“If you have anything that’s contemporary, it’s problematic,” Lee says. “So everybody’s making films with subject matters that are pre-1949, before the Communists took over China.”

“We are struggling as creators and filmmakers to work within this box of censorship to try to create something that’s interesting and fun, but also fulfilling the government requirements,” adds Wu. Lee’s response has been to make intimate, personal stories. Wu’s strategy has been more diverse, as he balances a career of modest indie projects, action films, and kung fu movies produced under his own shingle, Diversion Pictures—the first of which include two genre-bending steampunk/kung fu movies, Tai Chi 0 (pronounced “zero”) and Tai Chi Hero, which will be released in Hong Kong this fall.

“Right now, we’re still in the experimental stage because we haven’t released anything that we’ve shot yet,” Wu says. But with U.S. companies such as 20th Century Fox and Disney pushing for coproductions, Wu thinks he can fulfill a need with Diversion Pictures. Both Wu and his producing partner, Stephen Fung, were raised and educated in the West, which Wu believes gives them an advantageous perspective; he feels as if they are “properly positioned to be right in the middle.” He says, “We understand both cultures very well. We feel like we understand how to meld the two together. So we’re trying to do that: Not only revitalizing the China film market, but also to bring Chinese film to the Western audiences in a newer and fresher way.”

That newer, fresher way—for Wu and Lee—means telling tales that resonate with audiences, whether they are intimate, autobiographical stories or fun, reverent kung fu indies. It’s the midrange films that need revitalizing, Wu says, especially the kung fu films. “This kind of genre is dying,” Wu says. “And we don’t think the genre should die, we just think it needs to be improved.”

Robert K. Elder, MA ’00, is a journalist, author, editor, film columnist, and founder of Odd Hours Media. His books include Last Words of the Executed, The Film That Changed My Life, and John Woo: Interviews.

Photo: Russel Wong Jackie Chan, Hong Kong, 2000
IMAGE COURTESY OF UO JORDAN SCHNITZER MUSEUM OF ART
Russel Wong Jackie Chan, Hong Kong, 2000

Shooting Stars

Russel Wong ’84 has made a name for himself as a movie set photographer, most notably for Oliver Stone on Heaven and Earth and for Ang Lee on Crouching Tiger, Hidden Dragon. Wong’s extensive work as a magazine photographer and commercial director have also won him international acclaim. He joined Daniel Wu and Roger Lee on campus during Cinema Pacific, presenting a major exhibition of his work, Russel Wong: The Big Picture, at the Jordan Schnitzer Museum of Art. From his home in Singapore, Wong talked about his style, his career, and shooting figures as diverse as Jackie Chan and Imelda Marcos.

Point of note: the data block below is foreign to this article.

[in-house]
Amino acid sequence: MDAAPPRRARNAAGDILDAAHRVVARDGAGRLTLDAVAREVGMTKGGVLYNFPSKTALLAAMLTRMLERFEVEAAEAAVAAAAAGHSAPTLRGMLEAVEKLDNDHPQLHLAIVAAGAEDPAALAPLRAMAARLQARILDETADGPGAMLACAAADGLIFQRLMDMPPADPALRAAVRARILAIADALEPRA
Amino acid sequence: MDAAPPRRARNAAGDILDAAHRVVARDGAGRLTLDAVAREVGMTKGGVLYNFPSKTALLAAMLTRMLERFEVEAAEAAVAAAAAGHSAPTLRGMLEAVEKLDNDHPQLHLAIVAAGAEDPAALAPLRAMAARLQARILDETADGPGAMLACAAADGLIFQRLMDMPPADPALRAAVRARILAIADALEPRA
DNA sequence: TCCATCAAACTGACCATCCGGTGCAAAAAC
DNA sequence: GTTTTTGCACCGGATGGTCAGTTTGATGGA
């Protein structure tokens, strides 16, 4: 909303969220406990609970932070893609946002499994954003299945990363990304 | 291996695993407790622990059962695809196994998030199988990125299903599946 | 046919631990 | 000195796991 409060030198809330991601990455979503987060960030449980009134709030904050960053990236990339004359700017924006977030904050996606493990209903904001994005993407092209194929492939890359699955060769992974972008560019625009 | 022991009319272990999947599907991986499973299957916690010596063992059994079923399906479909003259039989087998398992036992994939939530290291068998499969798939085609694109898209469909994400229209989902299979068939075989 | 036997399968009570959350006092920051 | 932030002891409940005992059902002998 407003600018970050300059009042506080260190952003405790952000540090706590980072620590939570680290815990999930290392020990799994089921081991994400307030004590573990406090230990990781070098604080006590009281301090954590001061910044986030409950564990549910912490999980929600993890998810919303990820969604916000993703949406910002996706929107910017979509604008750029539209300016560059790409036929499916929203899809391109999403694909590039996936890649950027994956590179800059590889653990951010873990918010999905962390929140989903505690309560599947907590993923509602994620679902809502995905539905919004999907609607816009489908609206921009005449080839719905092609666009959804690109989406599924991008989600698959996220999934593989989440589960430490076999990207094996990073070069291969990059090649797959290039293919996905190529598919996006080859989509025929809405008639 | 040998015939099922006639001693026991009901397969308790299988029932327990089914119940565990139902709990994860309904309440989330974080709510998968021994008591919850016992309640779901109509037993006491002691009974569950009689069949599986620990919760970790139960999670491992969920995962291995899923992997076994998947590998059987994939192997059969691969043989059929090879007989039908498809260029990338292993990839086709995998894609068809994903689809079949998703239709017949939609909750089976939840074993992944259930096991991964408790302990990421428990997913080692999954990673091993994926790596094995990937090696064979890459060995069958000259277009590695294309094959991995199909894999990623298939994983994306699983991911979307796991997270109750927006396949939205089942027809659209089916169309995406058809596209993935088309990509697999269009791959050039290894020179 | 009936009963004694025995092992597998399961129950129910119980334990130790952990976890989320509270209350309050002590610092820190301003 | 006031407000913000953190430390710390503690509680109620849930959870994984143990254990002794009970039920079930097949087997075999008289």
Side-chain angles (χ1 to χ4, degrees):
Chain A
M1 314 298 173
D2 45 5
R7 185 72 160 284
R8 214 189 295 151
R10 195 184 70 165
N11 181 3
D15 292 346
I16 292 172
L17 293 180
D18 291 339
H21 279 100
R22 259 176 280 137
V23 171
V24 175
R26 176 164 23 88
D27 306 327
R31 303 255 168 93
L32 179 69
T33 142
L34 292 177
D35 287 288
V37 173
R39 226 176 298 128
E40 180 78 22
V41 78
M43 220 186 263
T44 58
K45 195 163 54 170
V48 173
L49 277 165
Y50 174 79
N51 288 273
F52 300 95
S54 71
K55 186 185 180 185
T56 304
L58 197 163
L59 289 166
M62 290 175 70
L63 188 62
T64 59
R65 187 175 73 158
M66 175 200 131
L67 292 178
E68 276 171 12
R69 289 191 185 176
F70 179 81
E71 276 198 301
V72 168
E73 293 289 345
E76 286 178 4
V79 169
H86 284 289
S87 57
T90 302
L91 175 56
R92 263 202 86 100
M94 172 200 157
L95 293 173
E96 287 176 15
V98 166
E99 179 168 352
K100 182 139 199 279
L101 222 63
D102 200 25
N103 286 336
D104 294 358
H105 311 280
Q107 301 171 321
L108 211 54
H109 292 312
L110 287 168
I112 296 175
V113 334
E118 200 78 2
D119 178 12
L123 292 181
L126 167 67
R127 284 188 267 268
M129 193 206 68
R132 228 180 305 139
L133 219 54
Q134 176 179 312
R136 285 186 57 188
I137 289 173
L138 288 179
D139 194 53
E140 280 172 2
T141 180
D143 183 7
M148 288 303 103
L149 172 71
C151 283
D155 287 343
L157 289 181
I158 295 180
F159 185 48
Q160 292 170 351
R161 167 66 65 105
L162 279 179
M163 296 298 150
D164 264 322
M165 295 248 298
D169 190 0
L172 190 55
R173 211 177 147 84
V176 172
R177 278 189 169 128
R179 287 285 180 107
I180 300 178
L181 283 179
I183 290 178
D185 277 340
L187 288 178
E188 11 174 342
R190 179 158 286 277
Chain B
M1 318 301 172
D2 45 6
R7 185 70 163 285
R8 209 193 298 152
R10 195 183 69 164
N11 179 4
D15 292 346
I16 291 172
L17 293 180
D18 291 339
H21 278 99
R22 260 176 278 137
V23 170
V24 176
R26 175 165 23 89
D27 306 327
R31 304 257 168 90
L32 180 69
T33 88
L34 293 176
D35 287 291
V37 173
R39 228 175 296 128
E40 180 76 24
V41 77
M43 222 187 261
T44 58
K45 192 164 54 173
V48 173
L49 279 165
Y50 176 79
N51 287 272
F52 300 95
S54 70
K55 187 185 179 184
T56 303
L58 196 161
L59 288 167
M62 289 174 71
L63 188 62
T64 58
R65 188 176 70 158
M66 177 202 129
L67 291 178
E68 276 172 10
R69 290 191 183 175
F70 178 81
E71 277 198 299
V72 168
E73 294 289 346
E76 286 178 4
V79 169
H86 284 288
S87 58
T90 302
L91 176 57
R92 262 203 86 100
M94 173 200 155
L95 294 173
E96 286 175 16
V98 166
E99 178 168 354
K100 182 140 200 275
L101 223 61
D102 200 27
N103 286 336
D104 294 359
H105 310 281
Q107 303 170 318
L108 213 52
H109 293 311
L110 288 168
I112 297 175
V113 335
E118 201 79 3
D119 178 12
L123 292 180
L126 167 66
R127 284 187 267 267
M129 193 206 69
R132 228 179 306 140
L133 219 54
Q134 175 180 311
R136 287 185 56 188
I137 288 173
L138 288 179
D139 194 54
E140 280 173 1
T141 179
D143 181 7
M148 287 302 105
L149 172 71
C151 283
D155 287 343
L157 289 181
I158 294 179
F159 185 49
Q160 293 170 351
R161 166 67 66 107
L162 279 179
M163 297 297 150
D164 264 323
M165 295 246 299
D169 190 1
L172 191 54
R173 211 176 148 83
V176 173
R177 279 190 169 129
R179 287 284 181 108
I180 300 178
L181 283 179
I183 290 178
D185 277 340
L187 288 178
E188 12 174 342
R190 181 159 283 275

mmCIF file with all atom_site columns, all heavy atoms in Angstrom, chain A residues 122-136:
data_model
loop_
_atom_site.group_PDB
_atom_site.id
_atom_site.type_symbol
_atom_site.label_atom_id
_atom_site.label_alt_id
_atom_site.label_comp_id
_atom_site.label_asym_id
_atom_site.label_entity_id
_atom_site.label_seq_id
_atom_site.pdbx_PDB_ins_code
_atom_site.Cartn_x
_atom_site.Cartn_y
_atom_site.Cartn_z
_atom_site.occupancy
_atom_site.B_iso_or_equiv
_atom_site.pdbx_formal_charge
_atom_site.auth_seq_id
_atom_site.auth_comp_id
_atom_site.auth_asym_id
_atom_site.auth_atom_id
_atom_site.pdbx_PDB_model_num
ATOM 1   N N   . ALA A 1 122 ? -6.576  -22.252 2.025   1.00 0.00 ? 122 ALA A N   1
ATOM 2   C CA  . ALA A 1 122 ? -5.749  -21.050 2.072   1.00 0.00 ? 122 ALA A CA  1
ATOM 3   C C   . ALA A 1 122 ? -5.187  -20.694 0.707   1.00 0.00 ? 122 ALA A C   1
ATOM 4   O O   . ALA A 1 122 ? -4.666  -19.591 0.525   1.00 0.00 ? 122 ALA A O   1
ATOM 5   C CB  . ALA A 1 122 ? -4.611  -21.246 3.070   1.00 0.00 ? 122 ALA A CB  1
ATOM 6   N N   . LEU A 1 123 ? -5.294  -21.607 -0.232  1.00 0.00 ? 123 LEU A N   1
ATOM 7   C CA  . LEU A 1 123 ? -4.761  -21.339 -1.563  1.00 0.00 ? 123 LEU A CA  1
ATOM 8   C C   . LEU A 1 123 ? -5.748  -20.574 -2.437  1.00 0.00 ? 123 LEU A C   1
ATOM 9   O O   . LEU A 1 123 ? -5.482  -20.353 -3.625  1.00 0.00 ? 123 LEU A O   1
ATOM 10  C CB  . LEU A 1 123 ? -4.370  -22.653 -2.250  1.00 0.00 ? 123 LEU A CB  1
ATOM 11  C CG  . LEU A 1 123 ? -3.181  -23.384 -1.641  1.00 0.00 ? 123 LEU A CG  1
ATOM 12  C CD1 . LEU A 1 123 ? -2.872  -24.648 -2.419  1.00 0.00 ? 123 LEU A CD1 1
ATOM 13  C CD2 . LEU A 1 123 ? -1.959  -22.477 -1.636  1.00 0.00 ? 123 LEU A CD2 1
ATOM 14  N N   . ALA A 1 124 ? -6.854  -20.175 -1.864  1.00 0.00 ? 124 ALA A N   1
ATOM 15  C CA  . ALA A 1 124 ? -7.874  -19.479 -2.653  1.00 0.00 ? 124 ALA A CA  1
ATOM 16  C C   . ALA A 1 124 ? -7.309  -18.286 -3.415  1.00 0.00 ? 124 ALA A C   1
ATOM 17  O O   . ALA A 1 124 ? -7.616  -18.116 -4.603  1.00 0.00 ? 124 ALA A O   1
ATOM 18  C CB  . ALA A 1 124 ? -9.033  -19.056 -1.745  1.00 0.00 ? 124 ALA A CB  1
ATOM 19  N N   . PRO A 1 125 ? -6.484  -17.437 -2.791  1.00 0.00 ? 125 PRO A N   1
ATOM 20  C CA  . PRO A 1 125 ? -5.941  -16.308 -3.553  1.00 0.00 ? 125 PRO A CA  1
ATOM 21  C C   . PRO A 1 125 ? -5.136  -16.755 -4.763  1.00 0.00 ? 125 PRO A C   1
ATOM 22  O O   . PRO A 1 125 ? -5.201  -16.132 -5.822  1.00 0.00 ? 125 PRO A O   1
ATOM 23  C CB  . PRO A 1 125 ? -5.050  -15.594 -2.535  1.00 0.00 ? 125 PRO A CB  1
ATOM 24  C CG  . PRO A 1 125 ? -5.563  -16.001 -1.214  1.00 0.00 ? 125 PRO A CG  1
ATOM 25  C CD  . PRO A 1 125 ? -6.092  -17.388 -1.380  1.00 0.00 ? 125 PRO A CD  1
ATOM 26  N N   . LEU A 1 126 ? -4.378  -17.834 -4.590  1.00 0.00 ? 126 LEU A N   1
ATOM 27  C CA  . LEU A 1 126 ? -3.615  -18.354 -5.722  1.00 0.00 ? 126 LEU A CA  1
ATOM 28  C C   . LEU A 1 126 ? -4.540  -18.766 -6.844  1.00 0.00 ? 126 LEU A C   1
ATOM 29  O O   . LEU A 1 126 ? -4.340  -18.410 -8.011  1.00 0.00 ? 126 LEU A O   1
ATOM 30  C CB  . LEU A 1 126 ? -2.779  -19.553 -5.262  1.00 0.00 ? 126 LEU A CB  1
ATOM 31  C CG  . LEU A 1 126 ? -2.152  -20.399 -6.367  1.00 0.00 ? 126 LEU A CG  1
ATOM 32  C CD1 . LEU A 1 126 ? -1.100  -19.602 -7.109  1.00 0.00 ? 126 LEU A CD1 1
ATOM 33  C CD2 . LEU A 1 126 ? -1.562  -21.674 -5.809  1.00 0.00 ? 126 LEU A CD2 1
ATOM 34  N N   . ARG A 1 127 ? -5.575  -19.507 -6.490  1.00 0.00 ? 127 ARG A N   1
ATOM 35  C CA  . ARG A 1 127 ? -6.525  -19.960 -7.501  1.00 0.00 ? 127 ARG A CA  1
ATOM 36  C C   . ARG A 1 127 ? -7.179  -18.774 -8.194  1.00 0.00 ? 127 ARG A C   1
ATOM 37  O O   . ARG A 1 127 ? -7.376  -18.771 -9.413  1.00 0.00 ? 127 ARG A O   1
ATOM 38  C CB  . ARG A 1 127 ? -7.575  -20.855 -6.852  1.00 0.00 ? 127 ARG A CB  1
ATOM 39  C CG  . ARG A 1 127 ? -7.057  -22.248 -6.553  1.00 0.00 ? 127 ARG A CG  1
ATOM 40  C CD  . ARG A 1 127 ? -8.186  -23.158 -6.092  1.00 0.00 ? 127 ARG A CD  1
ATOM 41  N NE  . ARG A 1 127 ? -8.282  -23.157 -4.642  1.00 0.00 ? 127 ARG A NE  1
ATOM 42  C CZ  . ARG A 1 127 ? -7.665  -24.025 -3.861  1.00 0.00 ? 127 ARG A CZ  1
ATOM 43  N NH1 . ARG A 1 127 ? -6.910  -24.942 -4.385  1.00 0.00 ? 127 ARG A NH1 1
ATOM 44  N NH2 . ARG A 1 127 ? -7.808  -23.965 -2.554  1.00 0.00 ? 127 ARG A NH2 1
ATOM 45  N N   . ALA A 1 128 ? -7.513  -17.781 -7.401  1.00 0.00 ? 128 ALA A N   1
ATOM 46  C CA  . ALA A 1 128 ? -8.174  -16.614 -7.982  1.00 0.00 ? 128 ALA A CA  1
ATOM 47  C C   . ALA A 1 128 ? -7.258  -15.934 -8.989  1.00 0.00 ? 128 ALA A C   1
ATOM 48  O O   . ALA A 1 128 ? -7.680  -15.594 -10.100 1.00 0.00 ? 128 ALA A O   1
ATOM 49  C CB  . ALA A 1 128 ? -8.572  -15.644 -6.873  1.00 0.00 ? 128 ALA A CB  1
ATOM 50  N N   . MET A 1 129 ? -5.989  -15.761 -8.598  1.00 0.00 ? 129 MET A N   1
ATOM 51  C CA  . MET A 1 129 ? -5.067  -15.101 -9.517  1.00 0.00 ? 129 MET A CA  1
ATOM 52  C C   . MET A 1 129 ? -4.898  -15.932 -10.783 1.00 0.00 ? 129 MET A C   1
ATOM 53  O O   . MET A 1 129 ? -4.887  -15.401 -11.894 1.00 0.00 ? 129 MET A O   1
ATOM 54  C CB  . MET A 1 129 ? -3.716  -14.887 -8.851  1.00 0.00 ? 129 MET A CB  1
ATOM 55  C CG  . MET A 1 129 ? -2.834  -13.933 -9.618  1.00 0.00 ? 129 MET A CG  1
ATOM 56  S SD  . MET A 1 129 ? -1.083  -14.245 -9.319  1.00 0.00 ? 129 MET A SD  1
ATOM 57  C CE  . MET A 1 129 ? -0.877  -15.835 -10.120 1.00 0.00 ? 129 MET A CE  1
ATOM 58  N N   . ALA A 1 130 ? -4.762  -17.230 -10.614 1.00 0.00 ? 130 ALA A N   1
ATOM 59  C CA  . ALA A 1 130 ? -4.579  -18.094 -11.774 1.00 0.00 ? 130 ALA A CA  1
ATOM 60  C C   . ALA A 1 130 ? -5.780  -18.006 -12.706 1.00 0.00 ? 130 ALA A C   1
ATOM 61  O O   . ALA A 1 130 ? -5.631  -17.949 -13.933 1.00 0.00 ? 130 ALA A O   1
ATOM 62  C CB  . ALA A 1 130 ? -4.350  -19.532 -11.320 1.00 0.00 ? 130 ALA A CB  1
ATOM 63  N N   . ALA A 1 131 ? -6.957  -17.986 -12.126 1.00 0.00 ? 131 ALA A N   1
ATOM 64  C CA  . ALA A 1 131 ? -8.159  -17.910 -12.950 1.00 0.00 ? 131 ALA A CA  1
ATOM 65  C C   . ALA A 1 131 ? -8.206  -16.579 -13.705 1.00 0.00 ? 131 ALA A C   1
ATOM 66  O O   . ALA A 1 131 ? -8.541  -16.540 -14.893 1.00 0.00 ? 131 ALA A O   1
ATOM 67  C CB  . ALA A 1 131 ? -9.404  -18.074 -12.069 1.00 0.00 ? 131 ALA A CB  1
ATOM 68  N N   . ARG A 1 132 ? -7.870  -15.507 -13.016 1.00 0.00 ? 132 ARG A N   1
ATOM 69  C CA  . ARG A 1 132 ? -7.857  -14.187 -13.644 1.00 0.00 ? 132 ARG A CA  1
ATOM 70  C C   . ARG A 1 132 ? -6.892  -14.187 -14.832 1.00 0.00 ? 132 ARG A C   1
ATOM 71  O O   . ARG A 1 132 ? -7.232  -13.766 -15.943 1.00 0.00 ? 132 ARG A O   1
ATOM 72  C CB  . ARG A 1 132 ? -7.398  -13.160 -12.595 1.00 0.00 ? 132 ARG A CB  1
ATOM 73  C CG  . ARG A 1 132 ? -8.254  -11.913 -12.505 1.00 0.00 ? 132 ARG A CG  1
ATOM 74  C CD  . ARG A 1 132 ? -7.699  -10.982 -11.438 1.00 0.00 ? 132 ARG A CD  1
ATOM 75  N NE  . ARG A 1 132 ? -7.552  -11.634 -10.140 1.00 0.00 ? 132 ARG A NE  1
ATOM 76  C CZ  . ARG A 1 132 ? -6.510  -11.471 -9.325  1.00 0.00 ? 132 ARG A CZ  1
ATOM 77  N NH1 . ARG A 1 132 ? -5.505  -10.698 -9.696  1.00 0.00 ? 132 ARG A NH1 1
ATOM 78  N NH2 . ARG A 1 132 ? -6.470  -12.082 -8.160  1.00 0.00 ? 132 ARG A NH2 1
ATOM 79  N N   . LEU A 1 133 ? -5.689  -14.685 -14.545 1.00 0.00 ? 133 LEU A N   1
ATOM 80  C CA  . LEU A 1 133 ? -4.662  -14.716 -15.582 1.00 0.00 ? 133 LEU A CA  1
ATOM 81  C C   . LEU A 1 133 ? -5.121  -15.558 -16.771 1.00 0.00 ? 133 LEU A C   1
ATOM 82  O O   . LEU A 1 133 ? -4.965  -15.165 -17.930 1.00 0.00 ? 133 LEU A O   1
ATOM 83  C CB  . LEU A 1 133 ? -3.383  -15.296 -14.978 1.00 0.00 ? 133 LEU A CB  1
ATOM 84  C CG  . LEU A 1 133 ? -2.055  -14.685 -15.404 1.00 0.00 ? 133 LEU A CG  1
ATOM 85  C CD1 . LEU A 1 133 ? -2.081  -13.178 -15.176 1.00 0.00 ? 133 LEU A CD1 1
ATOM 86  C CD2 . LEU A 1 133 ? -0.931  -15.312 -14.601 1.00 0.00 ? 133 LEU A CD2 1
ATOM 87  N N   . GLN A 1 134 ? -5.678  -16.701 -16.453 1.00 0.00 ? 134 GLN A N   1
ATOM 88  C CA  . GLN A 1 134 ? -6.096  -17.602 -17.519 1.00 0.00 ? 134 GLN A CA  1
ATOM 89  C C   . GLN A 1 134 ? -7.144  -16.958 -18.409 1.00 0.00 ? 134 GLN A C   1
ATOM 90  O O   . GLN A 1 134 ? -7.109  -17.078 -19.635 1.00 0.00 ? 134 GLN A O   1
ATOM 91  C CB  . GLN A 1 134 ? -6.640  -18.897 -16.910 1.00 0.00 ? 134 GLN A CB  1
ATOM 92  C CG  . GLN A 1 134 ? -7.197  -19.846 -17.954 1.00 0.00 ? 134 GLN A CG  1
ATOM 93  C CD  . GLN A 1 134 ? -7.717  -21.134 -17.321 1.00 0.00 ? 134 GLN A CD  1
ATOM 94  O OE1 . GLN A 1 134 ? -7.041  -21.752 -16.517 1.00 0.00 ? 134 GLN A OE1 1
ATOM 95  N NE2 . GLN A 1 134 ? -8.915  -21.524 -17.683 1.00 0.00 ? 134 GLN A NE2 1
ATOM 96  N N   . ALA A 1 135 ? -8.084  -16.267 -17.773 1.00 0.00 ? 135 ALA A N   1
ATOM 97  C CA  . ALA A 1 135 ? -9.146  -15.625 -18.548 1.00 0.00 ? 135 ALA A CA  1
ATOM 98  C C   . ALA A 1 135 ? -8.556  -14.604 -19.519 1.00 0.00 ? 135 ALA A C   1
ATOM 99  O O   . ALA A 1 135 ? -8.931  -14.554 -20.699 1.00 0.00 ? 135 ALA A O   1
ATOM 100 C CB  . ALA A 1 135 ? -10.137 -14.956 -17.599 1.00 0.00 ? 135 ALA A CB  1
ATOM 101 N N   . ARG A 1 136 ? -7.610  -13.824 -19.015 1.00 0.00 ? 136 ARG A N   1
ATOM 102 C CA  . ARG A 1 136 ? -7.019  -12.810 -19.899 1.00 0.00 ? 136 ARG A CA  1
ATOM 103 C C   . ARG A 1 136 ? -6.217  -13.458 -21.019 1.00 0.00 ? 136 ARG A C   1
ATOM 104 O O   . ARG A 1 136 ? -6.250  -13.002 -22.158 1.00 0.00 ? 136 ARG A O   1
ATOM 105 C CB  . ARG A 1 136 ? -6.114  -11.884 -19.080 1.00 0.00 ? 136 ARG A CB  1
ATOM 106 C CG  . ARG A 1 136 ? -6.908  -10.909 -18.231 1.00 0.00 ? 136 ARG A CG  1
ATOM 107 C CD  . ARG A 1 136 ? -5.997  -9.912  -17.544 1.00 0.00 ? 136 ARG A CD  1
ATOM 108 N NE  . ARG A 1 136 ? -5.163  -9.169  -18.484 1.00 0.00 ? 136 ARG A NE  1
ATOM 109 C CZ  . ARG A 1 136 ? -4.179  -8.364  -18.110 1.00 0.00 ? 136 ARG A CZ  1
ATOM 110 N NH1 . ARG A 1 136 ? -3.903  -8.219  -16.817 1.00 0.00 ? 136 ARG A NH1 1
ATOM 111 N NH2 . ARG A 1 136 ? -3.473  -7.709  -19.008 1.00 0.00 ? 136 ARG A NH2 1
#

What did you learn at the UO that affects your approach and style as a photographer?

I was shooting track at the UO, and this helped me observe action and make split-second decisions. I didn’t have a motor drive so I only had one crack at it. As I work on a lot of action movies, I do incorporate the action element in my shots and it’s quite easy for me after my Oregon training!

Who was your most memorable celebrity subject?

Imelda Marcos, the former first lady of the Philippines. [The shoot] was supposed to be thirty minutes but it ended up being four hours! What a character! I ended up having tea with her and discussing the political figures she knew, like Mao and John F. Kennedy, who were present when she was first lady. She said Jackie O was a bit reserved but [she] enjoyed JFK.

Her house was filled with amazing artwork, including a Michelangelo. We ended up shooting more outfits and she started showing me and explaining to me the artwork and photographs she had around the house. We then had tea and chatted more just about everything, especially how [she and deposed president Ferdinand Marcos] left the Philippines and what happened after they were exiled to Hawaii.

What was your most difficult shoot?

I was supposed to do a cover of Jackie Chan for Time magazine and it started pouring. We didn’t have security and the shot was him in the road, sitting on a director’s chair. We ended up waiting for an hour in the bus, as Jackie didn’t want to go with plan B, which I appreciated. The skies finally cleared and out we ran onto the middle of the road with a chair, and we started shooting with hundreds of people looking on in amazement. It’s always risky shooting on location, as you don’t know what’s going to be thrown at you.

How does working with celebrities as a photographer inform your style as a director?

You manage people better and [don’t] get too intimidated. This allows you to have more control and get what you need to make it work and not succumb to the egos!

—RKE